Modern Methods of Speech Processing

Modern Methods of Speech Processing

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The term speech processing refers to the scientific discipline concerned with the analysis and processing of speech signals for getting the best benefit in various practical scenarios. These different practical scenarios correspond to a large variety of applications of speech processing research. Examples of some applications include enhancement, coding, synthesis, recognition and speaker recognition. A very rapid growth, particularly during the past ten years, has resulted due to the efforts of many leading scientists. The ideal aim is to develop algorithms for a certain task that maximize performance, are computationally feasible and are robust to a wide class of conditions. The purpose of this book is to provide a cohesive collection of articles that describe recent advances in various branches of speech processing. The main focus is in describing specific research directions through a detailed analysis and review of both the theoretical and practical settings. The intended audience includes graduate students who are embarking on speech research as well as the experienced researcher already working in the field. For graduate students taking a course, this book serves as a supplement to the course material. As the student focuses on a particular topic, the corresponding set of articles in this book will serve as an initiation through exposure to research issues and by providing an extensive reference list to commence a literature survey. Expe- rienced researchers can utilize this book as a reference guide and can expand their horizons in this rather broad area.
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Product details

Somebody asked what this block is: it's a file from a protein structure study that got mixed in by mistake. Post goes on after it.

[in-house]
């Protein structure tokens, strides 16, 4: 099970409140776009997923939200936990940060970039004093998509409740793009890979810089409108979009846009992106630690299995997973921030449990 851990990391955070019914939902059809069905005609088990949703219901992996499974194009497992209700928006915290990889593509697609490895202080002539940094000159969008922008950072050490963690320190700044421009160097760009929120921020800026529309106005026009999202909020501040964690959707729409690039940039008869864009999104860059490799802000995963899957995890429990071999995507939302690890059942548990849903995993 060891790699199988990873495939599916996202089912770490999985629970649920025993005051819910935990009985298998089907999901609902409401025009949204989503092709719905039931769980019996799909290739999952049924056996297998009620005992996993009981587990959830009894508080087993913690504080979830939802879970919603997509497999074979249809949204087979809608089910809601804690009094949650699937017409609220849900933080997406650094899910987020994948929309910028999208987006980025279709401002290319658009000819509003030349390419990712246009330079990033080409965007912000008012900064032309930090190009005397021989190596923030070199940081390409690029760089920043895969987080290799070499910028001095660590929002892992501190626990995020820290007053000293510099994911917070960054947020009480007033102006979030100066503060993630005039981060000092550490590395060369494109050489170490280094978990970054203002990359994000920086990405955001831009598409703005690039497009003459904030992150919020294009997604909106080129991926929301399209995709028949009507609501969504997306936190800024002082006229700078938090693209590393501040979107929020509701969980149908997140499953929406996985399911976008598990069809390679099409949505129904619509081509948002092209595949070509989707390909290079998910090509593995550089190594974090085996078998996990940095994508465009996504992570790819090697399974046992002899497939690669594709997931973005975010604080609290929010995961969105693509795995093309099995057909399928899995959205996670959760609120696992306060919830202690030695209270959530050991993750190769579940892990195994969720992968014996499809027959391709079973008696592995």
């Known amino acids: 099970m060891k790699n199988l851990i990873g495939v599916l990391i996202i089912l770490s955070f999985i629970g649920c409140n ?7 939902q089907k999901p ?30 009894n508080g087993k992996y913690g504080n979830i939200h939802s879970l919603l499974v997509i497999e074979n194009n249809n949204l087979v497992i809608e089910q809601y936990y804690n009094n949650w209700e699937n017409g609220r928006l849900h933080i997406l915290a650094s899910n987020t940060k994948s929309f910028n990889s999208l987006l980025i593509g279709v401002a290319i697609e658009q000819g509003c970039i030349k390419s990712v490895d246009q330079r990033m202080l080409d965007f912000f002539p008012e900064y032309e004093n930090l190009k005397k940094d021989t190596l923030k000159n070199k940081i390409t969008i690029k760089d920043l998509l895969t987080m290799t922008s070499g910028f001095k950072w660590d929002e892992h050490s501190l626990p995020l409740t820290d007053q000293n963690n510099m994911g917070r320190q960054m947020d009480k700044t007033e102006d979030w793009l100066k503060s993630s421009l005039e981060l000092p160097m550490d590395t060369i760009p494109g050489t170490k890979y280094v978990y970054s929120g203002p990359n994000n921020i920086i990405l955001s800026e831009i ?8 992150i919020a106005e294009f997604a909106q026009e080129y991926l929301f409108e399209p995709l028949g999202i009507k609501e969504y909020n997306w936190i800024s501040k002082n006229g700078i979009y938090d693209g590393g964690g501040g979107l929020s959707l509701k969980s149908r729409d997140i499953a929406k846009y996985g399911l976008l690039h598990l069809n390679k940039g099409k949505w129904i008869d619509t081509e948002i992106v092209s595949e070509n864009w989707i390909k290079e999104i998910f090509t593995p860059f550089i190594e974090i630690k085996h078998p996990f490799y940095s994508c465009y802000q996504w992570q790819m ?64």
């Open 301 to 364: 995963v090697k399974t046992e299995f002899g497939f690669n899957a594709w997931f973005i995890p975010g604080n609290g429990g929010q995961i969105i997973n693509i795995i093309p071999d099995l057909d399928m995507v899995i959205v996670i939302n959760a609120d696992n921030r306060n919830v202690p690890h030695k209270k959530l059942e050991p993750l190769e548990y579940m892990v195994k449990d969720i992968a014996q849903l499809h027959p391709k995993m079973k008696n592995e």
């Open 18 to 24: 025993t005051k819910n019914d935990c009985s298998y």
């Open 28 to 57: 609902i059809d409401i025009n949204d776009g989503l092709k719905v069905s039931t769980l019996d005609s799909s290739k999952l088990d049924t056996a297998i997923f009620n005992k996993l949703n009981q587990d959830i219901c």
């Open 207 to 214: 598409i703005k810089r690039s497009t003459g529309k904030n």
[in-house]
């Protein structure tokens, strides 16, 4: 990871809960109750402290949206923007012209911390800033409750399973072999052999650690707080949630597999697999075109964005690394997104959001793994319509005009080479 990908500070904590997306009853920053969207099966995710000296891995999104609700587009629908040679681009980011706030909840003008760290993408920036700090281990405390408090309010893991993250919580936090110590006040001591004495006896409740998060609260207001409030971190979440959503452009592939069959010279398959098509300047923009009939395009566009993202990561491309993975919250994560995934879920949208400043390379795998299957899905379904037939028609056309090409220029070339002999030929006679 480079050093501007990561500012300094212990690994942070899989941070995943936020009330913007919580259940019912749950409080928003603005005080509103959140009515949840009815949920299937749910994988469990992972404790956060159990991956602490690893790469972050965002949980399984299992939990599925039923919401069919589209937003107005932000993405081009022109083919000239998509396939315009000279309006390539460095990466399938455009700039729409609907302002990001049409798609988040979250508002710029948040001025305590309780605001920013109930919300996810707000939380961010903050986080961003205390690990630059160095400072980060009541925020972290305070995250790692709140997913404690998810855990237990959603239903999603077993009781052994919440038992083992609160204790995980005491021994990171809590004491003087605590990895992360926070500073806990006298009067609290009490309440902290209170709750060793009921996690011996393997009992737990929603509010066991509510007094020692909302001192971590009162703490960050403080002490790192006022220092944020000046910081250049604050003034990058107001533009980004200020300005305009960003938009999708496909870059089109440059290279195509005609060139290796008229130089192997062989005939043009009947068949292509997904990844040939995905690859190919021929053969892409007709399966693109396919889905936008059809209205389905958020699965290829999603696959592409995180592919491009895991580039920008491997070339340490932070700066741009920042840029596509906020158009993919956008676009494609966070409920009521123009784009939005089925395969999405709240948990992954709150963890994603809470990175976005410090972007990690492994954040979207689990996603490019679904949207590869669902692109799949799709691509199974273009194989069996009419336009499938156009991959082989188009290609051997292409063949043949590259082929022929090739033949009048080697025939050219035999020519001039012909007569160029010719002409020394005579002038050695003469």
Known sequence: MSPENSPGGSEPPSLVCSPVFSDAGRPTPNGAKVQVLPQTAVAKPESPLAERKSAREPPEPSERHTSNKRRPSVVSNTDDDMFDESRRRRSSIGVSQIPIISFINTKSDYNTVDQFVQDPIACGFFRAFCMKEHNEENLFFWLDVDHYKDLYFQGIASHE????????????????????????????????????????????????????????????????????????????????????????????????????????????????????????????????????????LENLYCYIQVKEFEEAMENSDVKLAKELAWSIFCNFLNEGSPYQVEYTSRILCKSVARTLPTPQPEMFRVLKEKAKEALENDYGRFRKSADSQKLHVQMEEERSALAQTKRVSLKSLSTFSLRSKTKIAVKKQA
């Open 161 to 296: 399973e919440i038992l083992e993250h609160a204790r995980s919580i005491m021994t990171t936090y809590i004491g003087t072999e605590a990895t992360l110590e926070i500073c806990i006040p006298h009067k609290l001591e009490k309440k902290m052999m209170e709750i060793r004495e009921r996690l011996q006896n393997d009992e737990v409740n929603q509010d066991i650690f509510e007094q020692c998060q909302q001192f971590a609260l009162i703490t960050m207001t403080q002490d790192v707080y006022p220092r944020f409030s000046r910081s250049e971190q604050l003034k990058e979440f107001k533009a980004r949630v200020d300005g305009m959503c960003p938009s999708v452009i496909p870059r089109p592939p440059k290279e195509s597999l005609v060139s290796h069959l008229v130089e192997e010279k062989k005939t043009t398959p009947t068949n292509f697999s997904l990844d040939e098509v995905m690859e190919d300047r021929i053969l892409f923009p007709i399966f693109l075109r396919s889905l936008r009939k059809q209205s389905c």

• Hardback | 470 pages
  • 156 x 233.9 x 28.4mm | 861.84g
  • Dordrecht, Netherlands
  • English
  • 1995 ed.
  • XVII, 470 p.
  • 0792396073
  • 9780792396079

Table of contents

Contributors. Preface. Part 1: Speech Coding. 1. The use of pitch prediction in speech coding; R.P. Ramachandran. 2. Vector quantization of linear predictor coefficients; J.S. Collura. 3. Linear predictive analysis by synthesis coding; P. Kroon, W.B. Kleijn. 4. Waveform interpolation; J. Haggen, W.B. Kleijn. 5. Variable rate speech coding; V. Cuperman, P. Lupini. Part 2: Speech Recognition. 6. Word spotting; J.R. Rohlicek. 7. Speech recognition using neural networks; S.V. Kosonocky. 8. Current methods in continuous speech recognition; P.S. Gopalakrishnan. 9. Large vocabulary isolated word recognition; V. Gupta, M. Lennig. 10. Recent developments in robust speech recognition; B.H. Juang. 11. How do humans process and recognize speech? J.B. Allen. Part 3: Speaker Recognition. 12. Data fusion techniques for speaker recognition; K.R. Farrell, R.J. Mammone. 13. Speaker recognition over telephone channels; Y.-H. Kao, et al. Part 4: Text to speech synthesis. 14. Approaches to improve automatic speech synthesis; D. O'Shaughnessy. Part 5: Applications of Models. 15. Microphone array for hands-free voice communication in a car; S. Oh, V. Viswanathan. 16. The pitch mode modulation model and its application in speech processing; O. Ghitza. 17. Auditory models and human performance in tasks related to speech coding and speech recognition; O. Ghitza. 18. Applications of wavelets to speech processing: a case study of a Celp coder; J. Ooi, V. Viswanathan. Index.
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